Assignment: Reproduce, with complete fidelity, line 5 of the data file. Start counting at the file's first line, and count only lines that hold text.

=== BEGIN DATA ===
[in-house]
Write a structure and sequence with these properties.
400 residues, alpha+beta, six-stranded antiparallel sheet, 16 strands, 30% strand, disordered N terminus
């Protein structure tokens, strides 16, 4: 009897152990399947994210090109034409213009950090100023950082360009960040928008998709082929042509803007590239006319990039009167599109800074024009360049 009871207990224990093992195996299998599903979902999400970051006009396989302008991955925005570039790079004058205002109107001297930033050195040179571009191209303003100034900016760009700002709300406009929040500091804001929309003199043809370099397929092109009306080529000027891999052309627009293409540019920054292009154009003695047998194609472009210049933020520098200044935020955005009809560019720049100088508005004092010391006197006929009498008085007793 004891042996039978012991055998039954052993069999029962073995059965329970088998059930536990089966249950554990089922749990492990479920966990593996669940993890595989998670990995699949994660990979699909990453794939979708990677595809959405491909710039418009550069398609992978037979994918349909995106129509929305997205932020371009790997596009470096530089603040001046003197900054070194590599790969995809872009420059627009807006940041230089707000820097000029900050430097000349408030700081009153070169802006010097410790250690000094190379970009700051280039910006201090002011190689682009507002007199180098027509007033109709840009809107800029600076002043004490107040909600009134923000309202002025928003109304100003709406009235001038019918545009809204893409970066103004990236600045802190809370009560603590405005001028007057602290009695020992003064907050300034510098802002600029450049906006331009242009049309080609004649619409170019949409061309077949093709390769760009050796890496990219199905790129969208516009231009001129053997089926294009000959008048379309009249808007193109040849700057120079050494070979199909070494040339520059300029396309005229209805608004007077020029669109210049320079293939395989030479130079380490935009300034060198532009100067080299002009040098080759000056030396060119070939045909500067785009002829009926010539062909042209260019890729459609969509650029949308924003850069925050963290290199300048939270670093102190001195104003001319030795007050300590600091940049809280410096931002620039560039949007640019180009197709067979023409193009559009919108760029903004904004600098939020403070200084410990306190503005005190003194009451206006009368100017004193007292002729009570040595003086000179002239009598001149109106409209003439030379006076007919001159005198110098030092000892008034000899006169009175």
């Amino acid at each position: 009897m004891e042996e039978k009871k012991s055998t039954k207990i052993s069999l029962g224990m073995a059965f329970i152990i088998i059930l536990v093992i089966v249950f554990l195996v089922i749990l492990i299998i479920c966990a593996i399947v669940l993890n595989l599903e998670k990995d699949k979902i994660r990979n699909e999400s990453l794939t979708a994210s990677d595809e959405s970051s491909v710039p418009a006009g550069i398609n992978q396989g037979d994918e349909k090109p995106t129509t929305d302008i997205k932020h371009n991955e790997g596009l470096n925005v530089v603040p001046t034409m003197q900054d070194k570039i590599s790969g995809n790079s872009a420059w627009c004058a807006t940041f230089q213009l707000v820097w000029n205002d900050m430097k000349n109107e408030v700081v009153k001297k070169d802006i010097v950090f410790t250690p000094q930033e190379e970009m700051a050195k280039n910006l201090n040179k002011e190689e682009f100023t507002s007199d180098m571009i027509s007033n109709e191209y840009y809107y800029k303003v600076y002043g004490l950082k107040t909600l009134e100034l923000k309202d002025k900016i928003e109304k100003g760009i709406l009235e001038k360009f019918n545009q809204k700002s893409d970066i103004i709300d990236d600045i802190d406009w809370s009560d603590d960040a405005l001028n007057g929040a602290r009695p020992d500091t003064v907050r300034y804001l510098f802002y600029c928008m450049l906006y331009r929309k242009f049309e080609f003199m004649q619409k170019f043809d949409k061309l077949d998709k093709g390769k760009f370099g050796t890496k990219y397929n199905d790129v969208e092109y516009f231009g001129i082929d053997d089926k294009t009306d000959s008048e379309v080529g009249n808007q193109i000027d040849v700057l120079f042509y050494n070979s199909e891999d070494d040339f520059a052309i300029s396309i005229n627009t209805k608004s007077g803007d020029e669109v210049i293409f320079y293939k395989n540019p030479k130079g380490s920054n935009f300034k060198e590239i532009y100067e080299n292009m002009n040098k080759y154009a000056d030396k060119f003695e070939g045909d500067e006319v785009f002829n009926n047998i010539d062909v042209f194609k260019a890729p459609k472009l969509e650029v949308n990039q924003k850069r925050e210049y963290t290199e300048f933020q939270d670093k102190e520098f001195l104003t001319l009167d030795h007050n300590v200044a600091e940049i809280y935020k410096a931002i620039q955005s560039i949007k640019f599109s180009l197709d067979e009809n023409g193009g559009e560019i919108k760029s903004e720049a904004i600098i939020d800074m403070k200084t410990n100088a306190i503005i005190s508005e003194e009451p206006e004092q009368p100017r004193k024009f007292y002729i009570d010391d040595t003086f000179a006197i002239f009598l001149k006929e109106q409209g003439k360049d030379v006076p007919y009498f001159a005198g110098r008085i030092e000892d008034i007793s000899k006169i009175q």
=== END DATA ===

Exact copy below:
């Amino acid at each position: 009897m004891e042996e039978k009871k012991s055998t039954k207990i052993s069999l029962g224990m073995a059965f329970i152990i088998i059930l536990v093992i089966v249950f554990l195996v089922i749990l492990i299998i479920c966990a593996i399947v669940l993890n595989l599903e998670k990995d699949k979902i994660r990979n699909e999400s990453l794939t979708a994210s990677d595809e959405s970051s491909v710039p418009a006009g550069i398609n992978q396989g037979d994918e349909k090109p995106t129509t929305d302008i997205k932020h371009n991955e790997g596009l470096n925005v530089v603040p001046t034409m003197q900054d070194k570039i590599s790969g995809n790079s872009a420059w627009c004058a807006t940041f230089q213009l707000v820097w000029n205002d900050m430097k000349n109107e408030v700081v009153k001297k070169d802006i010097v950090f410790t250690p000094q930033e190379e970009m700051a050195k280039n910006l201090n040179k002011e190689e682009f100023t507002s007199d180098m571009i027509s007033n109709e191209y840009y809107y800029k303003v600076y002043g004490l950082k107040t909600l009134e100034l923000k309202d002025k900016i928003e109304k100003g760009i709406l009235e001038k360009f019918n545009q809204k700002s893409d970066i103004i709300d990236d600045i802190d406009w809370s009560d603590d960040a405005l001028n007057g929040a602290r009695p020992d500091t003064v907050r300034y804001l510098f802002y600029c928008m450049l906006y331009r929309k242009f049309e080609f003199m004649q619409k170019f043809d949409k061309l077949d998709k093709g390769k760009f370099g050796t890496k990219y397929n199905d790129v969208e092109y516009f231009g001129i082929d053997d089926k294009t009306d000959s008048e379309v080529g009249n808007q193109i000027d040849v700057l120079f042509y050494n070979s199909e891999d070494d040339f520059a052309i300029s396309i005229n627009t209805k608004s007077g803007d020029e669109v210049i293409f320079y293939k395989n540019p030479k130079g380490s920054n935009f300034k060198e590239i532009y100067e080299n292009m002009n040098k080759y154009a000056d030396k060119f003695e070939g045909d500067e006319v785009f002829n009926n047998i010539d062909v042209f194609k260019a890729p459609k472009l969509e650029v949308n990039q924003k850069r925050e210049y963290t290199e300048f933020q939270d670093k102190e520098f001195l104003t001319l009167d030795h007050n300590v200044a600091e940049i809280y935020k410096a931002i620039q955005s560039i949007k640019f599109s180009l197709d067979e009809n023409g193009g559009e560019i919108k760029s903004e720049a904004i600098i939020d800074m403070k200084t410990n100088a306190i503005i005190s508005e003194e009451p206006e004092q009368p100017r004193k024009f007292y002729i009570d010391d040595t003086f000179a006197i002239f009598l001149k006929e109106q409209g003439k360049d030379v006076p007919y009498f001159a005198g110098r008085i030092e000892d008034i007793s000899k006169i009175q």